They can be young people whose traumatic histories have left them socially isolated, traumatised, misunderstood and even ignored for significant portions of their lives.
This cohort of patients – as well as those who care for them – MUST HAVE proper recognition.
If this does not happen on a wide scale in 2019, then the devastation of the Barrett Closure will be part of an ongoing tragedy.

Yes, a new centre is being built which is an incredible relief.
And yes, there has been a real commitment to a collaborative design process that includes people with lived experience as well as healthcare professionals and experts in the architecture and construction of mental healthcare buildings. It’s hoped that this will mean the beginning of this kind of process for other healthcare service development.

But as we start the New Year with the deaths of Talieha Nebauer, Will Fowell and Caitlin Wilkinson Whiticker still under examination by the Queensland Coroner, we need to ask:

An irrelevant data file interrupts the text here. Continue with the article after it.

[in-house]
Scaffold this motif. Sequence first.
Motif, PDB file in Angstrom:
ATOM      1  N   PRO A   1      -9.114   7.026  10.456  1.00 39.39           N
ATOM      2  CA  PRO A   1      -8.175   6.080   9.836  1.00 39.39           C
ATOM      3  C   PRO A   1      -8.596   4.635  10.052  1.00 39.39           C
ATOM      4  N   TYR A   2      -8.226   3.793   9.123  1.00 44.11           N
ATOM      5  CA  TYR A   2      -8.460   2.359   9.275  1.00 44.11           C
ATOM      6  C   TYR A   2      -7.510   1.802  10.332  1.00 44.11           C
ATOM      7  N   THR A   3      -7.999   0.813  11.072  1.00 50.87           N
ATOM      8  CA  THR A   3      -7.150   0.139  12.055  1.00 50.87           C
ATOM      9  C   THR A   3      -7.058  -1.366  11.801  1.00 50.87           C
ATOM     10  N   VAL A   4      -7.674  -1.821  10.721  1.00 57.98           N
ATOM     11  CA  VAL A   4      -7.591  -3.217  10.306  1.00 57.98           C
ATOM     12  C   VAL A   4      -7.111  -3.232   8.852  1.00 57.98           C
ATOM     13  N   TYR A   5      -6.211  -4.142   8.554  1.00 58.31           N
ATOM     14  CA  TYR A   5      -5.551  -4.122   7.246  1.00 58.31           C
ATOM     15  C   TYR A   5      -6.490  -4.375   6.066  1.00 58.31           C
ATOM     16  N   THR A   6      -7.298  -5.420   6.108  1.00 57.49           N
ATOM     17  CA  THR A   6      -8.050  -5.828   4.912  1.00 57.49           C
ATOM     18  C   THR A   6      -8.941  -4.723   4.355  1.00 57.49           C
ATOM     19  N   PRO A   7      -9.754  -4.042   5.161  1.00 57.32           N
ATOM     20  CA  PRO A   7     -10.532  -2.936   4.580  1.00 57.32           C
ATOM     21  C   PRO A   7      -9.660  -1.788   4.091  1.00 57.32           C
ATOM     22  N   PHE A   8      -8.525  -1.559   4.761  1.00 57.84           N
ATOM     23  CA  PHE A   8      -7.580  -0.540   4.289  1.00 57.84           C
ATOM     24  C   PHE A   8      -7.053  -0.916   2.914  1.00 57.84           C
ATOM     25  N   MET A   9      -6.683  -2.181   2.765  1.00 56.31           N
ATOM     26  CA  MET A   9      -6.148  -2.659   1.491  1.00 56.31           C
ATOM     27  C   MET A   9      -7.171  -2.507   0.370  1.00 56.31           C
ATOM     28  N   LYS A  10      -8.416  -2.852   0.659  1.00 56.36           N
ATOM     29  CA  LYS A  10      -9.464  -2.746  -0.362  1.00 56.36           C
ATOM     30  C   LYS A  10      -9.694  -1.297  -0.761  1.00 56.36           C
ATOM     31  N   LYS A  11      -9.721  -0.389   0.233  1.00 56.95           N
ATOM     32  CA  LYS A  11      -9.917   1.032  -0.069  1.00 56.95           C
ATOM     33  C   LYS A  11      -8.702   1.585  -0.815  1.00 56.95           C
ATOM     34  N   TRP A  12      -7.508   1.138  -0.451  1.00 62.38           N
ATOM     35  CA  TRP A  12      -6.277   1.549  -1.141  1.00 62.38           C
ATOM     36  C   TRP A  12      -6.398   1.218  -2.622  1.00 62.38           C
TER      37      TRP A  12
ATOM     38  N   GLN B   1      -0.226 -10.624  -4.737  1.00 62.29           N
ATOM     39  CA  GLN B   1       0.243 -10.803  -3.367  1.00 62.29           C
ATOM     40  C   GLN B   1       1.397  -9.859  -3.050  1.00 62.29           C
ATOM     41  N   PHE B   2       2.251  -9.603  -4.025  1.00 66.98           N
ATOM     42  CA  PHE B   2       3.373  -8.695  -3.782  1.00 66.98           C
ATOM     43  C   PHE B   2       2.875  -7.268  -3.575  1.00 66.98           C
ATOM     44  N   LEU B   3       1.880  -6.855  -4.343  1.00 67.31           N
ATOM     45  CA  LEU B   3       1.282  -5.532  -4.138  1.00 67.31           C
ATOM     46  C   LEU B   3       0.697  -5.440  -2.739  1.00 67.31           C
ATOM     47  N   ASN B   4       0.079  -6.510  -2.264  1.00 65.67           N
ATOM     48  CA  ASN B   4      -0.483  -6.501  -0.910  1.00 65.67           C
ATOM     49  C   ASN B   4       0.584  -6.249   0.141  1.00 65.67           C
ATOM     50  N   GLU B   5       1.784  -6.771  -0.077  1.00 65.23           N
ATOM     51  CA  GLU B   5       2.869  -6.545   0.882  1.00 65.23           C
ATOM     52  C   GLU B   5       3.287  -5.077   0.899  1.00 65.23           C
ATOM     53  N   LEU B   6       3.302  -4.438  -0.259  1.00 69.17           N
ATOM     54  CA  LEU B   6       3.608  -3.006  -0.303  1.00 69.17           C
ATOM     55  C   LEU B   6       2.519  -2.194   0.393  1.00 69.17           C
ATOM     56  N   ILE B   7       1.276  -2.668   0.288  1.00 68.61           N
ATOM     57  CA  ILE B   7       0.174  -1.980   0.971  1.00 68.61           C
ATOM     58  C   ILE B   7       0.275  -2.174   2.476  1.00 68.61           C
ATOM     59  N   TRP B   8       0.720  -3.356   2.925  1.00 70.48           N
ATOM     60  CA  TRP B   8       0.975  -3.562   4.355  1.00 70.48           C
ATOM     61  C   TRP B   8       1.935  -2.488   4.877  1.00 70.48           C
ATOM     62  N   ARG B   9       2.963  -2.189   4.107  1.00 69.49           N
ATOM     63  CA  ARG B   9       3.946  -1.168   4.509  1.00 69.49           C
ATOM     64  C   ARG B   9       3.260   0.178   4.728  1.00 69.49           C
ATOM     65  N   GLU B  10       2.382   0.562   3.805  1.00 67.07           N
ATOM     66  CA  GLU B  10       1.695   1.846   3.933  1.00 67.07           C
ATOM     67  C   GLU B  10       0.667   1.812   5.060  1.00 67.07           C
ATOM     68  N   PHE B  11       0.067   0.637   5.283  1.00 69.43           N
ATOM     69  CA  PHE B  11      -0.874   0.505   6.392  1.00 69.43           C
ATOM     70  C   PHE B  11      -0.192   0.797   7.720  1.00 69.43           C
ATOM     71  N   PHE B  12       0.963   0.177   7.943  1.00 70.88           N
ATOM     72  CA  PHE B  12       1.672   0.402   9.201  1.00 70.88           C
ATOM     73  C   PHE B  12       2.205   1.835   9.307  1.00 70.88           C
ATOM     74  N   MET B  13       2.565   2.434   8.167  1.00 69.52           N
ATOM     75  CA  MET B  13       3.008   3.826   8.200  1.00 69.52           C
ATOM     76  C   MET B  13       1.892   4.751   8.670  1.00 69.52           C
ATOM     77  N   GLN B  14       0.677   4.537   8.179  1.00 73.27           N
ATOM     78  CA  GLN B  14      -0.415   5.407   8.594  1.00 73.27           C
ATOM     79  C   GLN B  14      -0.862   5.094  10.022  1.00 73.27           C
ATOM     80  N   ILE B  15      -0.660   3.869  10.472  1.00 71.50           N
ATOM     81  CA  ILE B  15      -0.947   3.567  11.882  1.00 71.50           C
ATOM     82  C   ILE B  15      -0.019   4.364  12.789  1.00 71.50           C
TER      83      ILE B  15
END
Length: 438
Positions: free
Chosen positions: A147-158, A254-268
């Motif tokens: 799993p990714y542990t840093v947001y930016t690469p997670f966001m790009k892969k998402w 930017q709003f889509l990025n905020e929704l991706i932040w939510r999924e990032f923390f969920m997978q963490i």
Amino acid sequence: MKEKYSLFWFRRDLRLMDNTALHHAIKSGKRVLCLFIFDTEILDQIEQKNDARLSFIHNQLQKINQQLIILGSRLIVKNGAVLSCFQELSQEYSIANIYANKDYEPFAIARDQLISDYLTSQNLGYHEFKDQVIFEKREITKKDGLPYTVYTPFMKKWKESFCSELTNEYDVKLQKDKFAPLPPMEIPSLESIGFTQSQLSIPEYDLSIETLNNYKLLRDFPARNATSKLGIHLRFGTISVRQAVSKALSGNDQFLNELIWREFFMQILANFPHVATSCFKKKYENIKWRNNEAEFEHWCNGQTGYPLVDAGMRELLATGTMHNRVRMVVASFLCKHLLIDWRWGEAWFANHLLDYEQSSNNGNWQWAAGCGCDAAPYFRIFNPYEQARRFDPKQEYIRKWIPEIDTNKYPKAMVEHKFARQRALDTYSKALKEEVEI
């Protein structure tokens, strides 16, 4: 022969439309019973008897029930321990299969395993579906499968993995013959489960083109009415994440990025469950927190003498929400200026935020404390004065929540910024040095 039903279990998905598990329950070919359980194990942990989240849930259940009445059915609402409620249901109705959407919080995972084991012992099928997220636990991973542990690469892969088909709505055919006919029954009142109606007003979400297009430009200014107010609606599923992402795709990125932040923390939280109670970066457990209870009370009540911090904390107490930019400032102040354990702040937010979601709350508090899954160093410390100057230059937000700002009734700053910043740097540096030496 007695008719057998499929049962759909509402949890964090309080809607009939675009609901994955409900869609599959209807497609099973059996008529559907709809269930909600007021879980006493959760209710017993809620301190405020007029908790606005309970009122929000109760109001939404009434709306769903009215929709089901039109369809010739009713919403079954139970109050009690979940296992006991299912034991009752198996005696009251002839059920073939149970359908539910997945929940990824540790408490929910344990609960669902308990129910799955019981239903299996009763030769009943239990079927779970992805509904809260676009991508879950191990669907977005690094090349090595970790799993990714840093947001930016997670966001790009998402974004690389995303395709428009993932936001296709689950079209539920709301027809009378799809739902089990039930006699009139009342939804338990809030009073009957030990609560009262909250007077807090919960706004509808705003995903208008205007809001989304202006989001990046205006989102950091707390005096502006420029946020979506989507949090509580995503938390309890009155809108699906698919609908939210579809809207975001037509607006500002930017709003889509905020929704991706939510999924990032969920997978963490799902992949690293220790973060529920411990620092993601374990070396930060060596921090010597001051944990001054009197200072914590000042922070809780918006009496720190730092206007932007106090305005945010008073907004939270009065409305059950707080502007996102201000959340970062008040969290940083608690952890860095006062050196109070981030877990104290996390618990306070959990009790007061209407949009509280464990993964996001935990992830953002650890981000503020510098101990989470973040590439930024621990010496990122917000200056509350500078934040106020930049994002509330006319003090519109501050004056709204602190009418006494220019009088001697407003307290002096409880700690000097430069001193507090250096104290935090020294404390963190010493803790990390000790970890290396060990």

Will this be another year that ends with uncertainty?

Will there be the vital outcomes for the families who repeatedly warned that the closure of the Barrett Centre would put the most vulnerable young people at even higher risk?
Will there be public recognition of the false administrative deadline, political cost-cutting motivation and lack of appropriate replacement services that meant transitions from the closing centre could never encompass the fundamental principles of stability and continuity of care for young people whose illness bears the risk of fatal consequences?
Will there be the long overdue acknowledgment of the few professionals whose understanding and expertise allowed them to continue their dedication to the welfare of traumatised young people with skilled measures that prevented even greater permanent damage?